(Pocket-lint) - Mysteriously well-known despite its lack of real quality over the years, 2007 will see the twentieth birthday of the Test Drive series. Spanning 15 separate releases (22 in total if you add on the err … add ons) it’s been a series well-known for its hardcore driving goodness.
Where others have stuck to track racing and more stylised handling models, the Test Drive games have always been all about incredibly realistic driving. You even have to use your indicator!
But with realistic handling comes a lack of true opportunities to fling your expensive motor round hairpin bends. You’ll find yourself trundling along at realistic speeds and fretting about hitting the apex of each corner perfectly rather than making sure you look cooler than a frozen bag of peas.
So, can a series that hasn’t performed too well in recent years still cut it with the big boys?
The Test Drive series finally makes its long awaited debut on the next generation consoles with a whopping 1000 miles of road to traverse.
That’s not some bloated figure that includes reversed and flipped racing tracks mind. Nope, you’ve got your own gloriously detailed island to drive around. Think Grand Theft Auto, but without the humorous dialogue and multitudes of deaths.
Boot up the game and you’re first presented with a choice of characters to play and then you’re whisked away to a local car dealership to pick up a brand new motor. Thankfully, with TDU set on a gorgeous Hawaiian island there’s a supreme lack of cheeky cockney wide boys offering "cut and shut" type cars at a ridiculously over-inflated price price.
- HP's new Omen gaming PCs explored: We tear down these gaming beasts to see what's under the hood (promo)
After that, well, that’s down to you really. Fancy sticking to the rules of the road and driving along at a leisurely pace taking in the gorgeous surroundings? Then go for it. Want to take part in both online and offline races? Fill your boots.
TDU just happens to be another of those freeform games where the gaming experience is completely shaped the way you want it to go. And it’s all the better for it.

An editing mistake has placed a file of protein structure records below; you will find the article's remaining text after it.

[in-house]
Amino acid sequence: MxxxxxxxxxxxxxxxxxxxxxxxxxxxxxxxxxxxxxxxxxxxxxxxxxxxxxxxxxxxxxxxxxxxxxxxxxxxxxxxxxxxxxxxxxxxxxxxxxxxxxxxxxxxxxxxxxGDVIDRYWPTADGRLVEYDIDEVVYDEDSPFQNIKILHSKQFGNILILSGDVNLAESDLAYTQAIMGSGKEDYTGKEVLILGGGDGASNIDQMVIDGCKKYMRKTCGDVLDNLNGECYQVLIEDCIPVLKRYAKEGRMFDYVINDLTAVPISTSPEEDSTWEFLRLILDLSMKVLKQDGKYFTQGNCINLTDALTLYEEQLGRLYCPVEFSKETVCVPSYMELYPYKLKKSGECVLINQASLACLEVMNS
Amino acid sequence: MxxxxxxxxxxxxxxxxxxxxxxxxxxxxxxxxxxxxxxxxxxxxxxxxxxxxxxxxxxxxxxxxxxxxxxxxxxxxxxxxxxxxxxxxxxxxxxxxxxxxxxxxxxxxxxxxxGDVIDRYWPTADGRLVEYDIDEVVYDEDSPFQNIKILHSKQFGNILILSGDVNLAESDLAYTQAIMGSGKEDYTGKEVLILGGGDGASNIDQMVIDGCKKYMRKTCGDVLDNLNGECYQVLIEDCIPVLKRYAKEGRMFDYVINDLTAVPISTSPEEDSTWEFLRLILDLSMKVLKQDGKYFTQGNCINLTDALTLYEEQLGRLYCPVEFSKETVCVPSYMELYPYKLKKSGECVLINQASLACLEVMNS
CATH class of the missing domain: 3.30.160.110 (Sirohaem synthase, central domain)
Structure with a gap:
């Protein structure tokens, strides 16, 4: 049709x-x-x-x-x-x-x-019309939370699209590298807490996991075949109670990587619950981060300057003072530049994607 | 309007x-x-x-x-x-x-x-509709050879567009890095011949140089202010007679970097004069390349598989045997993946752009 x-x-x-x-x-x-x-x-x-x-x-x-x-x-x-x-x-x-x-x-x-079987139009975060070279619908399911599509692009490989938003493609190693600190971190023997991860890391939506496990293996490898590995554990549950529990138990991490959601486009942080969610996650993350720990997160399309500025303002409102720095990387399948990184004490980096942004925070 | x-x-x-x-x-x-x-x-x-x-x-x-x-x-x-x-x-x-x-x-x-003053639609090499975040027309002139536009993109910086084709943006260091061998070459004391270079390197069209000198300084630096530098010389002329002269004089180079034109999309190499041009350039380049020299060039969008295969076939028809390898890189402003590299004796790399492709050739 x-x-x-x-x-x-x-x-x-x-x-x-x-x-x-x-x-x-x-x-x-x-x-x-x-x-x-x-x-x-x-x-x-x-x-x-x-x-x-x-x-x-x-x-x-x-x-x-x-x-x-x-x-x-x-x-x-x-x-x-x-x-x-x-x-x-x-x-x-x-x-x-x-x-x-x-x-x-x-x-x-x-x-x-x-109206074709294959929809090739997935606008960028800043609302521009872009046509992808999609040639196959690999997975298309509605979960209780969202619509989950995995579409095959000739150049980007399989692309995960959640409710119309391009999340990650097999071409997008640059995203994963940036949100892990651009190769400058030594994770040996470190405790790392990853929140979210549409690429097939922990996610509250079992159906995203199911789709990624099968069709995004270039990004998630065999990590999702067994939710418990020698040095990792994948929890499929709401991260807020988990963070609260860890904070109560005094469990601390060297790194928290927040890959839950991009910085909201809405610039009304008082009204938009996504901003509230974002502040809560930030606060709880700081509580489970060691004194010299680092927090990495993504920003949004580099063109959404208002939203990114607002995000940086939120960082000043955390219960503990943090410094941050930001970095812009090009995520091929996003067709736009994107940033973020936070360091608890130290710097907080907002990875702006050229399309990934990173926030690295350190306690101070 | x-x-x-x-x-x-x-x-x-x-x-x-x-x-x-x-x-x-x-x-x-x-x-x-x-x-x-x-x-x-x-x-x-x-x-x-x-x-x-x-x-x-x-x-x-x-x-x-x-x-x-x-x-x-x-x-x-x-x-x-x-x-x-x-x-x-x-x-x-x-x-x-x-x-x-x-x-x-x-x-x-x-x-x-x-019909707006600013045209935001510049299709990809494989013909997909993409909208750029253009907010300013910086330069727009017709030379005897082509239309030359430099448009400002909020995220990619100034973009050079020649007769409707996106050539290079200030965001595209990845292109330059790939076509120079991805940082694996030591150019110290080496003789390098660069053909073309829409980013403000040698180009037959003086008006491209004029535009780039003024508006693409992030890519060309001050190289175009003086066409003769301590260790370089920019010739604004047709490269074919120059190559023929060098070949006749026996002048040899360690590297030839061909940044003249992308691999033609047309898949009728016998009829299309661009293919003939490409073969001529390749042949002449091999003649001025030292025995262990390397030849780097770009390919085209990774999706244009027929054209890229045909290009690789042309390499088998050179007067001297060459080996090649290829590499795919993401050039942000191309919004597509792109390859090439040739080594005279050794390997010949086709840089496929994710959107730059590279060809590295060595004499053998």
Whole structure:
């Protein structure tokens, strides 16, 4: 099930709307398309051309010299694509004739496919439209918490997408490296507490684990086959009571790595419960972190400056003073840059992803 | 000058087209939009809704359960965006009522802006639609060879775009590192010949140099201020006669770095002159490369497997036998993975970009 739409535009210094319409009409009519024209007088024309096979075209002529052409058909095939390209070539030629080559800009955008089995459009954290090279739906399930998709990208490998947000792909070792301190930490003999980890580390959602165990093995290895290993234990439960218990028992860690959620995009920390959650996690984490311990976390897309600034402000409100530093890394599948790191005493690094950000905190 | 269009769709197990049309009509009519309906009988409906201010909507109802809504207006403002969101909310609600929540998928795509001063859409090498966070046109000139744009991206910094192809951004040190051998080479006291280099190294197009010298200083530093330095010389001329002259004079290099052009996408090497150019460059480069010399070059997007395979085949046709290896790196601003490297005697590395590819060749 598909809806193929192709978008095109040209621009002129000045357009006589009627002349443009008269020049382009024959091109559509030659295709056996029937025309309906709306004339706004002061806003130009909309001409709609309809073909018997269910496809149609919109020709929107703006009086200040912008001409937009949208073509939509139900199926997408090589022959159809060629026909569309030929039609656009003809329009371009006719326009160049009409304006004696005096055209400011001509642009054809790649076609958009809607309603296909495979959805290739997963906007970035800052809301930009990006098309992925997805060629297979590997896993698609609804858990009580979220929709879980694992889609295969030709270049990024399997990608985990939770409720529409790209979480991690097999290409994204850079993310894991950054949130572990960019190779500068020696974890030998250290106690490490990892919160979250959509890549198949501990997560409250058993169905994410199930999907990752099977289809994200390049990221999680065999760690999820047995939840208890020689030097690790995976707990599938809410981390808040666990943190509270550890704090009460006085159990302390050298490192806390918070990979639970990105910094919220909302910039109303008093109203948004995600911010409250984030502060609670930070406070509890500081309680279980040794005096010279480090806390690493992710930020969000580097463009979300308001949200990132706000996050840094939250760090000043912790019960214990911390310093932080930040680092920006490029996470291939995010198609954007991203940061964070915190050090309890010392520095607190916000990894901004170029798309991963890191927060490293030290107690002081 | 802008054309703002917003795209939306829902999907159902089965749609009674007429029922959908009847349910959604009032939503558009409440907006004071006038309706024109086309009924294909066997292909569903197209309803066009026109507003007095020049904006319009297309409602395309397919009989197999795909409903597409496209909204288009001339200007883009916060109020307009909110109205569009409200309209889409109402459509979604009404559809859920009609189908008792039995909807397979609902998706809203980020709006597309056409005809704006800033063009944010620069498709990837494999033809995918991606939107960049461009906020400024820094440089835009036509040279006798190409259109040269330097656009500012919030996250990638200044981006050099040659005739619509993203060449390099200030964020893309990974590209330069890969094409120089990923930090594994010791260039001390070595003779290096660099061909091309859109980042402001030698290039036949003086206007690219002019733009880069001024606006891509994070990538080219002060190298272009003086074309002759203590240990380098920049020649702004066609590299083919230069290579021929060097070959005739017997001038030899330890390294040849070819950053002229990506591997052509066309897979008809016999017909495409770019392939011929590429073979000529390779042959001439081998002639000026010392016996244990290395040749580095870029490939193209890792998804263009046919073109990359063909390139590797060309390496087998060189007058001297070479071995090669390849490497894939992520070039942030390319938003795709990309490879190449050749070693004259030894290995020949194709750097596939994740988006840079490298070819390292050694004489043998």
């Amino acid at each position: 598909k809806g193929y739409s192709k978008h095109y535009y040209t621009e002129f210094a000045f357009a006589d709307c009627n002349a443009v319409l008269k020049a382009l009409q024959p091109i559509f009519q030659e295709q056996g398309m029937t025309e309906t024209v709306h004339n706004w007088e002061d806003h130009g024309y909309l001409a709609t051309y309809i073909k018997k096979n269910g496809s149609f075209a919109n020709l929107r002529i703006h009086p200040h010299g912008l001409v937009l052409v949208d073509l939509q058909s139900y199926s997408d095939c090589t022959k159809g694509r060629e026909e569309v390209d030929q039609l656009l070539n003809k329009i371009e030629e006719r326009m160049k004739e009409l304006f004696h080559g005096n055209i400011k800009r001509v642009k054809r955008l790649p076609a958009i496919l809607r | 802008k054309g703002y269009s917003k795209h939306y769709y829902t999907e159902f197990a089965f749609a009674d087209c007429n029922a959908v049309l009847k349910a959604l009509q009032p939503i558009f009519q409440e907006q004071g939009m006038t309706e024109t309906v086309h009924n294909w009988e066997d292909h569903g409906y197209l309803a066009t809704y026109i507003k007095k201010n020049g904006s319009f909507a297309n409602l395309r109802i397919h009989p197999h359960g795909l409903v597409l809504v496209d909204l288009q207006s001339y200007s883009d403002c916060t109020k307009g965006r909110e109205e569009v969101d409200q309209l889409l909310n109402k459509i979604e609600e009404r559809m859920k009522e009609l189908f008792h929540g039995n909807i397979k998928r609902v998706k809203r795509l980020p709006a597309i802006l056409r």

If you’re lucky enough to be hooked up to the ever impressive Xbox Live system, you’ll be joined on your travels by a multitude of other motorists. And that’s where the fun really begins. You can spend hour after hour merely chatting away to a gaming pal, joining races, taking on simple missions. But if you happen to be one of those loner types, you’ll still enjoy yourself since the game is populated by fellow like-minded online gamers.
Although you can simply click on a marker on your map to quickly travel to a particular race you’re eager to take part in, exploration of the entire huge island is required if you want to discover every single potential mission (mainly involving deliveries – from stunningly expensive cars, through to equally stunning models) and race for you to try your hand in.
Completing missions and winning races is the only way to get the cash rolling in to buy another brand spankingly new car. There’s over 90 licensed vehicles in TDU, each of which is fully modelled in terms of both looks and handling. You can even sell on your sub-standard model online and get some more cash in the pot for that sparking Ferrari you’ve had your eye on for a while.
There’s no "story" to force you along however. So for the first few hours – you can feel a little, well, lost. You know what you can do, but not what you should be doing to ease yourself in.
But even with that in mind, TDU is a stunner with gorgeous looks, a huge area to explore and an impressive example of online integration. One for all petrol heads.